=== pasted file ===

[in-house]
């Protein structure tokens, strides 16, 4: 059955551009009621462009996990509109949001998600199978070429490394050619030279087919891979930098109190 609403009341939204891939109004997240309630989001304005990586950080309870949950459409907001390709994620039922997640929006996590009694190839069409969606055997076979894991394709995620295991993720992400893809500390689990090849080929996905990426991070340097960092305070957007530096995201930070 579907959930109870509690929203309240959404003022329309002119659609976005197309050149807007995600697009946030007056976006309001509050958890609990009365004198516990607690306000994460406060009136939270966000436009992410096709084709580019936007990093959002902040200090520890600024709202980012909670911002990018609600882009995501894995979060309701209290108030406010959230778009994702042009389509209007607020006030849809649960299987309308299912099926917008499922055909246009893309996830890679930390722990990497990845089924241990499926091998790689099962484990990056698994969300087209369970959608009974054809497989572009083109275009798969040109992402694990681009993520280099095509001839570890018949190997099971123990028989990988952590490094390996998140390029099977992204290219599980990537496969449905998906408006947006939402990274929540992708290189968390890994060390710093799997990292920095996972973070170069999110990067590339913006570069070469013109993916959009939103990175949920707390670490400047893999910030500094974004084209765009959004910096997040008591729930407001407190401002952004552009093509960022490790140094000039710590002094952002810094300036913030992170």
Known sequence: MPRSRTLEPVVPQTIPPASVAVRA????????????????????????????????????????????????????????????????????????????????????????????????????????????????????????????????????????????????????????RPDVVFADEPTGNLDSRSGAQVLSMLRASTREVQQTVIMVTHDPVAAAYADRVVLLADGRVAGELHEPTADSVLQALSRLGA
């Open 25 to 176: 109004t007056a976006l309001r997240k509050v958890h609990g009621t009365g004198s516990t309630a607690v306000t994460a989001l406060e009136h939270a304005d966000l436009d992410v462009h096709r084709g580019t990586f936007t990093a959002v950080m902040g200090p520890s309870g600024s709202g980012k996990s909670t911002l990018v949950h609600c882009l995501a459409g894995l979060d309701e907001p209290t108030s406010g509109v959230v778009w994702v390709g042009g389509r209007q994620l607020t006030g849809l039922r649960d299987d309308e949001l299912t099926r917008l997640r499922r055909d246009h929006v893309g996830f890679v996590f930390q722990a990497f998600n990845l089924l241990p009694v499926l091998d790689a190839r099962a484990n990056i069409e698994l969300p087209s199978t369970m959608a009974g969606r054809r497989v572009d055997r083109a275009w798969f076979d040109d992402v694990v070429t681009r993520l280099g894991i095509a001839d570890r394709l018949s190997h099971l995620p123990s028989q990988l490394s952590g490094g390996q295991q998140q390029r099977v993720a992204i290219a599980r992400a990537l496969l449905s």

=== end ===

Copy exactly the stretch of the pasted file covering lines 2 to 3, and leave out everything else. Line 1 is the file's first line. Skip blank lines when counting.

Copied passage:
């Protein structure tokens, strides 16, 4: 059955551009009621462009996990509109949001998600199978070429490394050619030279087919891979930098109190 609403009341939204891939109004997240309630989001304005990586950080309870949950459409907001390709994620039922997640929006996590009694190839069409969606055997076979894991394709995620295991993720992400893809500390689990090849080929996905990426991070340097960092305070957007530096995201930070 579907959930109870509690929203309240959404003022329309002119659609976005197309050149807007995600697009946030007056976006309001509050958890609990009365004198516990607690306000994460406060009136939270966000436009992410096709084709580019936007990093959002902040200090520890600024709202980012909670911002990018609600882009995501894995979060309701209290108030406010959230778009994702042009389509209007607020006030849809649960299987309308299912099926917008499922055909246009893309996830890679930390722990990497990845089924241990499926091998790689099962484990990056698994969300087209369970959608009974054809497989572009083109275009798969040109992402694990681009993520280099095509001839570890018949190997099971123990028989990988952590490094390996998140390029099977992204290219599980990537496969449905998906408006947006939402990274929540992708290189968390890994060390710093799997990292920095996972973070170069999110990067590339913006570069070469013109993916959009939103990175949920707390670490400047893999910030500094974004084209765009959004910096997040008591729930407001407190401002952004552009093509960022490790140094000039710590002094952002810094300036913030992170």
Known sequence: MPRSRTLEPVVPQTIPPASVAVRA????????????????????????????????????????????????????????????????????????????????????????????????????????????????????????????????????????????????????????RPDVVFADEPTGNLDSRSGAQVLSMLRASTREVQQTVIMVTHDPVAAAYADRVVLLADGRVAGELHEPTADSVLQALSRLGA